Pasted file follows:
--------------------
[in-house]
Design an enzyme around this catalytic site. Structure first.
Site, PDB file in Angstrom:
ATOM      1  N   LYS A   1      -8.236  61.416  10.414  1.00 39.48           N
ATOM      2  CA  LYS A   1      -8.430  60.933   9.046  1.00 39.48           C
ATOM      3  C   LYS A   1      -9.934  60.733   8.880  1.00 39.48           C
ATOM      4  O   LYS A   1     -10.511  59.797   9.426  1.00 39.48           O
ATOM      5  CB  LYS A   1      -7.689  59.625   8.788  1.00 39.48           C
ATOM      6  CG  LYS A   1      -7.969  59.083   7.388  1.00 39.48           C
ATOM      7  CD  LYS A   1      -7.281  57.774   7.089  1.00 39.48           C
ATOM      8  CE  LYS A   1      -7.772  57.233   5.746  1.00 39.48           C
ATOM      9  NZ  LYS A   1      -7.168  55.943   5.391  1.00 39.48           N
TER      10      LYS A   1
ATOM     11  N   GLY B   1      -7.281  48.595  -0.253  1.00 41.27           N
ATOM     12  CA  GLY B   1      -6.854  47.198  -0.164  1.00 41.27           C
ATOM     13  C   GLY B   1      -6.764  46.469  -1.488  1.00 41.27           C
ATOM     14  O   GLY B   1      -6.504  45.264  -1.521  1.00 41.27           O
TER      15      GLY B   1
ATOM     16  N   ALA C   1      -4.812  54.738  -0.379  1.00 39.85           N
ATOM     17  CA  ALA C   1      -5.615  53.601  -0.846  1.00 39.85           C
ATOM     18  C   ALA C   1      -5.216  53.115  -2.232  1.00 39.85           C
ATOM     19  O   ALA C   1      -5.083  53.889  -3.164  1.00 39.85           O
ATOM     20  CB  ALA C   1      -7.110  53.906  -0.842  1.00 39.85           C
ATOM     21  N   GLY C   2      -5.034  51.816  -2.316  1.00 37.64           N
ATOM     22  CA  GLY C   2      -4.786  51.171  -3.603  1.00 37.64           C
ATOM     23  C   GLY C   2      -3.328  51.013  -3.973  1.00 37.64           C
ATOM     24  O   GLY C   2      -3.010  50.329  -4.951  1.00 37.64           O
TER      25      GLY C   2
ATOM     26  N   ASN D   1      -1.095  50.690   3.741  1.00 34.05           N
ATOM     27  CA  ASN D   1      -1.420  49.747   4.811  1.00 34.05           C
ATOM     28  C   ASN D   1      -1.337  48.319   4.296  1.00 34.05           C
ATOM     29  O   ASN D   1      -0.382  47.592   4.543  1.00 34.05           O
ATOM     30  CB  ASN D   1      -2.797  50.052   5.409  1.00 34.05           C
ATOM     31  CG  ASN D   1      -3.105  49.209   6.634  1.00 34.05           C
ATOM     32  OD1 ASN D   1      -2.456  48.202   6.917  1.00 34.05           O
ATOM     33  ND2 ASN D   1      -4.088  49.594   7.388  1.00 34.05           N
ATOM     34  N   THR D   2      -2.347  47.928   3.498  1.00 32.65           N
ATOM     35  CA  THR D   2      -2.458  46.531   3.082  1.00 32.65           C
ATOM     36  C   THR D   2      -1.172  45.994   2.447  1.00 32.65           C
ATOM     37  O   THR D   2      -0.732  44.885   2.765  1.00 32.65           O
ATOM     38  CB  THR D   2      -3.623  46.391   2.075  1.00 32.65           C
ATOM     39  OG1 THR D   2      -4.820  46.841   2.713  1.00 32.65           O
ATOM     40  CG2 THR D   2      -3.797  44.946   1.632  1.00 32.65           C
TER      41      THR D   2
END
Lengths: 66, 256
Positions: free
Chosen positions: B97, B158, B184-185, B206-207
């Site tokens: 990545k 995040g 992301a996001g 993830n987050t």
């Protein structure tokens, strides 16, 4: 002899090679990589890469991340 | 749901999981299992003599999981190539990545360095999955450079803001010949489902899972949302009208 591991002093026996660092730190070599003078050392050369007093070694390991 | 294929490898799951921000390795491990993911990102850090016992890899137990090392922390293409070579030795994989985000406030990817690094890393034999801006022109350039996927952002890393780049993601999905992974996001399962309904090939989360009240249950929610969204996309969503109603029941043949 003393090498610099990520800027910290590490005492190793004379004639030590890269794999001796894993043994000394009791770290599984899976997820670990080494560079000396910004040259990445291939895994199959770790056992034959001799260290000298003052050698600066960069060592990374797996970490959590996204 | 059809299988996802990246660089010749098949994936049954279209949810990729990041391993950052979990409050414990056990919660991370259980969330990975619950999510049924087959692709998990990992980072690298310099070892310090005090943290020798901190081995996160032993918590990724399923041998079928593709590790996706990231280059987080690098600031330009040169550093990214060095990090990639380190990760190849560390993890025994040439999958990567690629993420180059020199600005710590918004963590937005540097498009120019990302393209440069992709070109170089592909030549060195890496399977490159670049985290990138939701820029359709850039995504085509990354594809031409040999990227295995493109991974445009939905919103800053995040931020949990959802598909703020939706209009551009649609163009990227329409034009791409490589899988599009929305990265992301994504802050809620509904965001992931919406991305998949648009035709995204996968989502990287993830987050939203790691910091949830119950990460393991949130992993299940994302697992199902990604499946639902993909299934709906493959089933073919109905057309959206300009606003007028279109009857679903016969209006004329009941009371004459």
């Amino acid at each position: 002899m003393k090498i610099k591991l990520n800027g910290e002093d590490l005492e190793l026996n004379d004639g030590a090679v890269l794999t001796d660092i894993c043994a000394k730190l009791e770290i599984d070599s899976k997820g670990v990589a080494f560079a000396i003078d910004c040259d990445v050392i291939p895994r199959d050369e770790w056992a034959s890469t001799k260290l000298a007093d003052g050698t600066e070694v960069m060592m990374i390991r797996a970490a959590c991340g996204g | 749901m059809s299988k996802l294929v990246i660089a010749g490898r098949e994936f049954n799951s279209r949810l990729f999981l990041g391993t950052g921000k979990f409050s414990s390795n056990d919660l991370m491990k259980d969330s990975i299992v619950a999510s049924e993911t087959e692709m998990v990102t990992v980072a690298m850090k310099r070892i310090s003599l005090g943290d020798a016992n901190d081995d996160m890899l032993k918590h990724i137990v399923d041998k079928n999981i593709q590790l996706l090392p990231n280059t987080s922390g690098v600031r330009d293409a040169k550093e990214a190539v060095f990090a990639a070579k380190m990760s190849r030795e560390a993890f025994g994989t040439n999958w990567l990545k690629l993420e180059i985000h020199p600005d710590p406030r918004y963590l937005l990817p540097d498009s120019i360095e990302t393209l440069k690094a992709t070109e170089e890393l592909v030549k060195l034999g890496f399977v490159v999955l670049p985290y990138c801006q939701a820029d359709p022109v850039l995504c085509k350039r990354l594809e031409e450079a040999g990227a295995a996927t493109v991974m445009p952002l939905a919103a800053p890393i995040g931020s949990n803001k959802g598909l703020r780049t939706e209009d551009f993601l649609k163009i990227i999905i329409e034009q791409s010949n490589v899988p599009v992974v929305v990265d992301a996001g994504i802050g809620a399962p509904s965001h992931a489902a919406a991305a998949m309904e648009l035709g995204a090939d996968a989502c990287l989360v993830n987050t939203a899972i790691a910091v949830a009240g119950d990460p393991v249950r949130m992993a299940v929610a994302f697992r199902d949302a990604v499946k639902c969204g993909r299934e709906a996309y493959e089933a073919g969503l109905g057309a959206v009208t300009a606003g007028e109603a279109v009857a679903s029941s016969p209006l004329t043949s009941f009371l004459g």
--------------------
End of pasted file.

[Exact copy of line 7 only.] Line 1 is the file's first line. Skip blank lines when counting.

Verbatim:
ATOM      4  O   LYS A   1     -10.511  59.797   9.426  1.00 39.48           O